First some introduction:

I am in my ending teen years and like a normal teen would aspire for success, I aspire for it too. But there is a catch... I don't want to get too lost into material world, such that, at the end of the day I will be lost. In a sense I don't want to waste time.

I have desire to be a little above mediocrity which can take lots of time(and there is no guarantee that I will succeed), so I believe it would be better if I realize the pointlessness of it as(many gurus claim).

Some say to realize pointlessness of money(and any such desires like higher social status) it is important to have them first.

So is it like I have heard that at the end of tough road is a steep fall and for me to realize it I have to work hard and see for myself, is there no better choice?

Can't I move towards it(worldly successes) and in the meantime practice something so I realize it is not that important?

Right now I don't have courage to live like a monastic and even if I do, I'll be thinking of worldly pursuits most of the time and will have this sense of failure with me, that, I chose this path(spiritual) because I would fail in material path(this idea of choosing spiritual path because of failure in materialistic path is frowned upon where I live).


I know that I have to try to keep precepts and be moral, I want little bit advanced practice(while I try to build my career)

Thank you!

4 Answers 4


You can definitely pursue materialistic happiness while following the Noble Eightfold Path. Please see this answer for the question "Can a Buddhist own and run a billion dollar business?". Also, please see this answer on the pursuit of happiness in Buddhism.

The first step in the Noble Eightfold Path is developing Right View and you need to do this by studying the Dhamma.

At the same time, you should learn about developing virtue (sila) and wholesome qualities, and practising them with heedfulness.

The most minimum set of training rules to undertake are the five precepts. But developing skillful living and skillful thinking exceeds the five precepts by far.

Meditation can come later.


You can always build your "worldly success" while practicing Buddhism. There is no conflict of each other.

If you are talking about go the monastic direction and live like a monk, that's a totally different story.

  • Yes I know there is no conflict. But generally advanced practices are kept for monks and it is them who get insights. For example when asked how do I get some pleasure out of meditations the common reply is you have to ordain as a monk and have to spend 12 hours meditating. I do keep my precepts to my best possible, what else do I need? 12 hours of meditation? There ought to be some way! Commented Mar 26, 2018 at 3:47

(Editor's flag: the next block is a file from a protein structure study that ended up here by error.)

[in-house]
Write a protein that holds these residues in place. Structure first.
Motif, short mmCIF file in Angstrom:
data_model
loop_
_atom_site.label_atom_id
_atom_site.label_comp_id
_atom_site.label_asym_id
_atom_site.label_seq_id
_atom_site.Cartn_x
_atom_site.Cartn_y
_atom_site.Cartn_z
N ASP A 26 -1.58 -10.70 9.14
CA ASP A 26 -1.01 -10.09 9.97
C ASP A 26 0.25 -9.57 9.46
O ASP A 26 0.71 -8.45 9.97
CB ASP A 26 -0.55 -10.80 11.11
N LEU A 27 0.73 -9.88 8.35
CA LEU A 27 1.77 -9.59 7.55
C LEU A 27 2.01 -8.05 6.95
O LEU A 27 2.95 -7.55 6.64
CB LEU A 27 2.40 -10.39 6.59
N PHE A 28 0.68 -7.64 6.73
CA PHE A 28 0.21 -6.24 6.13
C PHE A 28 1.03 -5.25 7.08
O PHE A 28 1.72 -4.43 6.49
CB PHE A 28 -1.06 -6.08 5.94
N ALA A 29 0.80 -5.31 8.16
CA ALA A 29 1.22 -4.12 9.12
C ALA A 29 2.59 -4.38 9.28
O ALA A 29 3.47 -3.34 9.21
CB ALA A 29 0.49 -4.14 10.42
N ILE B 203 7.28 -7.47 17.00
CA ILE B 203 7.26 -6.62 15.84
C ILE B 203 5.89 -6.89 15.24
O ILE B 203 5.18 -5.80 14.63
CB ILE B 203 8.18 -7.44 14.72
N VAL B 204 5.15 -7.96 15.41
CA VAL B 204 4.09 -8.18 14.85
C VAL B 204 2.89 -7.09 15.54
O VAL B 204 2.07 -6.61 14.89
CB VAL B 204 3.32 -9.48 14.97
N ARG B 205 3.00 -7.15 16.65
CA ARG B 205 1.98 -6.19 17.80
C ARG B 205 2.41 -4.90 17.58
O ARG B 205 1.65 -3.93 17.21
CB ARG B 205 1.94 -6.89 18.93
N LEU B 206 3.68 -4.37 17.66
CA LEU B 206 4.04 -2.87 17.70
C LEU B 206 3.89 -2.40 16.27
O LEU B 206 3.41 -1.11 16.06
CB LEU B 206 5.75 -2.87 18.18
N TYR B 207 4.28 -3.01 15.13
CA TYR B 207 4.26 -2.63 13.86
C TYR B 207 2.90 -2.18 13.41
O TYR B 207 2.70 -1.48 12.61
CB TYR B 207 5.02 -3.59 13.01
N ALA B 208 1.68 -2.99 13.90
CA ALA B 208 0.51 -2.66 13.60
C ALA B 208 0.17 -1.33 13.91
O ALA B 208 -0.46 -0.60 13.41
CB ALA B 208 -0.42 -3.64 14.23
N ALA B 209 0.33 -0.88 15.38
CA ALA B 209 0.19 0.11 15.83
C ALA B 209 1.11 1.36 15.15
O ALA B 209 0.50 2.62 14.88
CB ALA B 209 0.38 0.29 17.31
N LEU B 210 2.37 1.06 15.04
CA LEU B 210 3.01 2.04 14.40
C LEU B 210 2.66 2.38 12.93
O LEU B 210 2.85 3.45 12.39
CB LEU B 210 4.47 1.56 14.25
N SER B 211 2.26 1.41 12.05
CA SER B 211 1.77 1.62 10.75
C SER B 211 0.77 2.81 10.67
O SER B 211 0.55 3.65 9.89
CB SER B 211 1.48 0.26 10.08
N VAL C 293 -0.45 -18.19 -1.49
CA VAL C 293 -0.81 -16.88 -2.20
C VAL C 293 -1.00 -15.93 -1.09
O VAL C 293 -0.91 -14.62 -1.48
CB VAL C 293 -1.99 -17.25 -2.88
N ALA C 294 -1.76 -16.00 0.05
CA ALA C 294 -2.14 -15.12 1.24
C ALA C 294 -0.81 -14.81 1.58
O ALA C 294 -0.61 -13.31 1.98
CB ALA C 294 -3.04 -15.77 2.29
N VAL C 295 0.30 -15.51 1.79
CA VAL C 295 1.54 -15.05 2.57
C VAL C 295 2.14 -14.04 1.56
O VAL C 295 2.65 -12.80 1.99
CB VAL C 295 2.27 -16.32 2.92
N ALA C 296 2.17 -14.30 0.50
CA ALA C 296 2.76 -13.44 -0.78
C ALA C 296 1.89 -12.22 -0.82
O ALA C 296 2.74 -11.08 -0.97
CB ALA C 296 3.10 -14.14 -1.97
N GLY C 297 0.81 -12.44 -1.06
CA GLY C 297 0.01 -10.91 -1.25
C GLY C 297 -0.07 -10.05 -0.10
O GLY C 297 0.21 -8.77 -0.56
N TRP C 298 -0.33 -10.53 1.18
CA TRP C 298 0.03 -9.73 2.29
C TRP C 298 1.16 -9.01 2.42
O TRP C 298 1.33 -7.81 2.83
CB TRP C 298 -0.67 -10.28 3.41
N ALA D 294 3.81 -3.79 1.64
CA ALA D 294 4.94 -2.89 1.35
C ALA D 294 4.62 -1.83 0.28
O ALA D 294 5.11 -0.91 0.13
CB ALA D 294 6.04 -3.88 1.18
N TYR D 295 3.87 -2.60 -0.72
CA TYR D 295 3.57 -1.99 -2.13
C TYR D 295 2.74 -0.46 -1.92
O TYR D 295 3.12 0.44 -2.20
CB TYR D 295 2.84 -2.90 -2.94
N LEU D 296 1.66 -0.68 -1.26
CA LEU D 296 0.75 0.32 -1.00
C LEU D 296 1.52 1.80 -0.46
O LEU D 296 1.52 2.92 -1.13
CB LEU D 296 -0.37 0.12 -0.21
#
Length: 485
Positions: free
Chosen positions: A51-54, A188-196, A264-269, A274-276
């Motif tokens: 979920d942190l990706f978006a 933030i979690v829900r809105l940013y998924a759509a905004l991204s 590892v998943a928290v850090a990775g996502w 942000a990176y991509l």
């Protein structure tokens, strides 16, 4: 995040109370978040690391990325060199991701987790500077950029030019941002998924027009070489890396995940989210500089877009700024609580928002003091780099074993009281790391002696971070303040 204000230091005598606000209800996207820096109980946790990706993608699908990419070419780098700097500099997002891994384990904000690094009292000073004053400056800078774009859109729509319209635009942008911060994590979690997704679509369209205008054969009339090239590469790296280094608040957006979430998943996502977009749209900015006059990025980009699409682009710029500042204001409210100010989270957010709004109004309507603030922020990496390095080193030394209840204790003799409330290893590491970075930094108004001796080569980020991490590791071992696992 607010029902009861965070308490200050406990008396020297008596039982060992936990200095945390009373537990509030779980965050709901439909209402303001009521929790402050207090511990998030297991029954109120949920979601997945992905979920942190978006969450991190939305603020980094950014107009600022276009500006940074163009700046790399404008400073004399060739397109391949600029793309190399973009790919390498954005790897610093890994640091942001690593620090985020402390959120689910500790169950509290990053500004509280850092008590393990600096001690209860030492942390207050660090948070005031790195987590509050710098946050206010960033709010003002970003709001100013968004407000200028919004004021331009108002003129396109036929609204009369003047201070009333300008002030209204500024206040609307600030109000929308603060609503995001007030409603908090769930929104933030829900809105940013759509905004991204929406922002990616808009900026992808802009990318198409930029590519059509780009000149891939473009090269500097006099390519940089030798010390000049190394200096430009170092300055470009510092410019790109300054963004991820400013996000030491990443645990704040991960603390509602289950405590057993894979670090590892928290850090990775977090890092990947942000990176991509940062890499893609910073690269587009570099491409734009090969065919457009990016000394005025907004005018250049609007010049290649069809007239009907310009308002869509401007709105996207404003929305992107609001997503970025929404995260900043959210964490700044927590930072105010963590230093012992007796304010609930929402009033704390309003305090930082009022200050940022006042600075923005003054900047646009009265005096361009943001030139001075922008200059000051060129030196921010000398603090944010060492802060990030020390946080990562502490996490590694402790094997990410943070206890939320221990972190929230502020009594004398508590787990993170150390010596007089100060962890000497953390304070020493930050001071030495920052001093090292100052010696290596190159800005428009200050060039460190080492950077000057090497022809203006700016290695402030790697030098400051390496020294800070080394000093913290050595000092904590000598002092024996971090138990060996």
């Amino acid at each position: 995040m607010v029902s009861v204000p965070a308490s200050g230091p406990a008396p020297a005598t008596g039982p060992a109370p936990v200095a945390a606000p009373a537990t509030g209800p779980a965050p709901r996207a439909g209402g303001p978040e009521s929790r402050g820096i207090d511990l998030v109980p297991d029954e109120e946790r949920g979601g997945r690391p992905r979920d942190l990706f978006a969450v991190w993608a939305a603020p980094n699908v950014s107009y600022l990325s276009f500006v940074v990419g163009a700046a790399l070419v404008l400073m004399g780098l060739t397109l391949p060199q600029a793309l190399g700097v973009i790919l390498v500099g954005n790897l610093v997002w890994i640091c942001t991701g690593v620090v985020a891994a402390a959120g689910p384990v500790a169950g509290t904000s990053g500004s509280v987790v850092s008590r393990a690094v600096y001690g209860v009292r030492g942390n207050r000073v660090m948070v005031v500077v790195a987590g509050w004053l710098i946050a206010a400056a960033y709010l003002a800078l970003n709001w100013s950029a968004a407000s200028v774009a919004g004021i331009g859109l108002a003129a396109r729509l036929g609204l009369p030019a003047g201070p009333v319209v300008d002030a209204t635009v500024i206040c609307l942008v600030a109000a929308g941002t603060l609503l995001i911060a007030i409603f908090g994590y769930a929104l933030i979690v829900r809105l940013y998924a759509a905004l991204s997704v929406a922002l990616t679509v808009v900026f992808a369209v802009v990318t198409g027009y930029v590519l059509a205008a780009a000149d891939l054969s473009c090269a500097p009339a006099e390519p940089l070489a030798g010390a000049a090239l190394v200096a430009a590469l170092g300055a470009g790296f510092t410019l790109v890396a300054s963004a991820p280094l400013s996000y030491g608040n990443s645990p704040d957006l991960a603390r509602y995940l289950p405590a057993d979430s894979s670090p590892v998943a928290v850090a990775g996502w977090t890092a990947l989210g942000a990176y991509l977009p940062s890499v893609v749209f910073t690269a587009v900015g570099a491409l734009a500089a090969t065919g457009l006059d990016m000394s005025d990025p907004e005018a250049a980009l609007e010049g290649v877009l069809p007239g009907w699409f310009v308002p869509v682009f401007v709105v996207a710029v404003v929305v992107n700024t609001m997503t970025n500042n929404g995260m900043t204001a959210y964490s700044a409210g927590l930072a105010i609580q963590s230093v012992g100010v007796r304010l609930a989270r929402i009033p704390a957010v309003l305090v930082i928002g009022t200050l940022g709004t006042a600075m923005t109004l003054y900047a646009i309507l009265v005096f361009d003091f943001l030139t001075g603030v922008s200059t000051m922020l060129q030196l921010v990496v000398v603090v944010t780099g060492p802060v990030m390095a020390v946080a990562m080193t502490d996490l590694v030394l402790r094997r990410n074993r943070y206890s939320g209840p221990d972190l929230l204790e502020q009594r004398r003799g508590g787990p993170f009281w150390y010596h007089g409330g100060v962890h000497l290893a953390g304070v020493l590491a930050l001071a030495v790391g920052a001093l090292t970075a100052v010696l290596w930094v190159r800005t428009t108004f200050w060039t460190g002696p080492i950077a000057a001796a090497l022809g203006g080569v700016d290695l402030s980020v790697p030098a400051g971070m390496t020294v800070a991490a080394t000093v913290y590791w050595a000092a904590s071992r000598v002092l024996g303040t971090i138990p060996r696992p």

• 1
    I don't think you need to be a monk in order to realize the benefits (pleasure is not a good word) of Meditation. The time for meditation depends entirely up to you. If you feel your current allocation isn't enough, allocate more. Benefits can be realized but there is no "short-cut". The whole practice is step by step. There may be a time where you reach a plateau, in this case try retreat camps. The path of learning never ends. Keeping the 5 precepts are great too, keep it up. Commented Mar 26, 2018 at 6:17
  • Aside meditation and keeping with the 5 precepts. You can also keep up with the 5 virtues. I.e. do the opposite of the 5 precepts. Consider different types of volunteering works. You may gain new insights through actual practicing of the virtues, if you haven't already done so. Commented Mar 26, 2018 at 6:25

Live your lay life according to the Singalovada Sutta. Dedicate one hour a day or as much as you can spare for meditation, listening to the Dhamma. When you get vacation, visit a meditation center and practice intensively. This way yo can succeed at both.


Open yourself up to the world. Let the possibilities excite and draw you in. The greatest gift you can bring to the world is yourself, enlightened by your own spiritual practice. Whichever path you take, you will end up where you were meant to be. The lessons you need will find you, where ever you are. Allow yourself to look towards what inspires you, not only what is safe and has good financial prospects. Youth has magic to it (even if being young is not an accomplishment), you can breathe in possibility. Don't allow the disappointments of others to guide you to a lesser path with the idea that it is safer. There is nothing safe in unhappiness.

As you walk along your path, keep checking on whether your path has the aspects you need most.

Here is a list that I think is well worded, but you can craft your own. (I welcome edits if someone can make Right Livelihood clearer)

• Is what we are doing causing harm to others or suffering for ourselves?

• Is the way we live and the way we support ourselves causing harm or suffering?

• What are the purposes for which we work?

• What values do we express in our work?

• What consequence does our work have on the quality of our inner life?

• What consequences does it have on the world?

• Is the way we live our life satisfying and meaningful? If it isn’t, what can we change to create greater joy, satisfaction, and meaning?

(I copied it from here: https://www.care2.com/greenliving/how-buddhism-helped-me-find-a-better-career.html )

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